I think that subject has been beat to death HERE:

fluorocarbon vs monofilament fly fishing North American Fly Fishing site:www.theflyfishingforum.com - Google Search


PT/TB :p
 

bigjim5589

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I've tried tippet material & bulk lines in the years when I first started fly fishing, but it's been a long time since I've used any tippet material. There was not much difference between them at that time IMO, except tippet was supposed to be more consistent in diameter. They were all nylon based back then, and I'm sure there have been great refinements since.

Every line made, whether for fly or other tackle has specific characteristics. There are many that are similar & many that are far different. Every angler has their own opinions, likes & dislikes, and preferences for what they use based on the fishing they do. Just like rods, reels, etc. what suits one angler well, may not be the best choice for another. There are many reasons to use tippet or bulk line, and depending on the situations, choosing either type is not wrong. You can choose the wrong line based on the characteristics of the line not matching well with the fishing type, such as a material that is too stiff, but whether you're choosing tippet or bulk is not a wrong choice IMO.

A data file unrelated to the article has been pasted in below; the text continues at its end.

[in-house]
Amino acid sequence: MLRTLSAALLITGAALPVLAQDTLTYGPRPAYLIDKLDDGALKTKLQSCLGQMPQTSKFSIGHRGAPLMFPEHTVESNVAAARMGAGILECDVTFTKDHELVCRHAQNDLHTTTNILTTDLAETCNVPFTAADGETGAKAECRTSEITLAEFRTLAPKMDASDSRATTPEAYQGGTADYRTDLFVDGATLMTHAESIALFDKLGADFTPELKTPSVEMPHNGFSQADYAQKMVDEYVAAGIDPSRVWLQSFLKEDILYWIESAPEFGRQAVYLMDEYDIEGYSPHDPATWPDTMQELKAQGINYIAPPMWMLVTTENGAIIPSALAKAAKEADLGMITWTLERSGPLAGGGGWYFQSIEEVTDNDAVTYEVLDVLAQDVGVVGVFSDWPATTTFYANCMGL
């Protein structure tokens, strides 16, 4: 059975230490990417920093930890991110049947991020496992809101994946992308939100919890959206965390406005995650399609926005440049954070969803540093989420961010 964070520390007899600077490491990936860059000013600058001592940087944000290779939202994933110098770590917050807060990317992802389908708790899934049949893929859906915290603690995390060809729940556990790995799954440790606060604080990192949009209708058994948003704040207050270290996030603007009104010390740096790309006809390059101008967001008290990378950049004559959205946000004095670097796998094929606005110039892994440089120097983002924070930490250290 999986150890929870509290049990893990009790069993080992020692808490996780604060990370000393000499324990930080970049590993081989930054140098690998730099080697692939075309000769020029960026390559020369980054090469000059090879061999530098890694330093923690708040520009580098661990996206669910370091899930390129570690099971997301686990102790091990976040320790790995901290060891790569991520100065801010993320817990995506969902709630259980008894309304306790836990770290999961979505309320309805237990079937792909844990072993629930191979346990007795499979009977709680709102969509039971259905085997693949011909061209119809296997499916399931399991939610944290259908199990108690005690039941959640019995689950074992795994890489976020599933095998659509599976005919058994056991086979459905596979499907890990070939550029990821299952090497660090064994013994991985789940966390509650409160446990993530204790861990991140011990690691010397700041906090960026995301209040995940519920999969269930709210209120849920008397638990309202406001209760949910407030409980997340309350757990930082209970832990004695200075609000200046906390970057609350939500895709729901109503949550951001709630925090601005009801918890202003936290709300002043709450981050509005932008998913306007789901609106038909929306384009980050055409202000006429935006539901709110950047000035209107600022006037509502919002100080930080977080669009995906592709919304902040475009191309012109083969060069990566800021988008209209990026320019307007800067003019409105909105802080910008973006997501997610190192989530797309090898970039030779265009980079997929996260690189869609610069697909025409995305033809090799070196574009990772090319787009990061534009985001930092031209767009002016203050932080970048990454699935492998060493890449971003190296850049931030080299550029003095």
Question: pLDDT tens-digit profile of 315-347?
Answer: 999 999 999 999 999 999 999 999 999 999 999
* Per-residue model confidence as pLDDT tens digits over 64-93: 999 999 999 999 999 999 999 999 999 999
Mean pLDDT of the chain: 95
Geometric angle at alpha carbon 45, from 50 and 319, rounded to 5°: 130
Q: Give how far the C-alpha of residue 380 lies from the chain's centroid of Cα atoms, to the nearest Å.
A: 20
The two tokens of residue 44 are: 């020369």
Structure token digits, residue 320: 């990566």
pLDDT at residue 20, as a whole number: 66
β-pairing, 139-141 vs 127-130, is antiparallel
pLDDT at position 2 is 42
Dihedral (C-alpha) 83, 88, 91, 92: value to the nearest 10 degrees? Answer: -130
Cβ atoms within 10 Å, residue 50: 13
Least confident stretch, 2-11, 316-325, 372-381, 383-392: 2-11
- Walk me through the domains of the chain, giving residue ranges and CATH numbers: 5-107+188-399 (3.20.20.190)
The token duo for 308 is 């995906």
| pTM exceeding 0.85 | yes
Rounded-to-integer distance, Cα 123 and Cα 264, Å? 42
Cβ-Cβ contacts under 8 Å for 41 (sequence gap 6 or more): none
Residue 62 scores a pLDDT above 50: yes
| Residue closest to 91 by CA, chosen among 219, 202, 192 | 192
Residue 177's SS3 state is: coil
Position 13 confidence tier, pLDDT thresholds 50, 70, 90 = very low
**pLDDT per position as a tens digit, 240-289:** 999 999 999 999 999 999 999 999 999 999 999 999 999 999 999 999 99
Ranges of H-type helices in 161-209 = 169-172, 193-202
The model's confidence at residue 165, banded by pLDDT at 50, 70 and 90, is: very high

I only use bulk lines now. I'm primarily a warmwater & salt angler, so the refinements of tippet have not really been of much benefit to me. When I do get the opportunity to fish for trout, I still stick to the bulk lines, knowing that it may not be ideal. I rarely fish with dry flies, and when I'm fishing surface flies, they're usually terrestrials, so the need for delicate presentation & drag free drifts are not as critical. Terrestrials are clumsy generally & not often delicate.

For nymphs & streamers, I again see no benefit to switching to tippet, since bulk lines have worked well while fishing these fly types for other species. I'm sure others have good reason to do so, but it still boils down to the choices we all make for ourselves.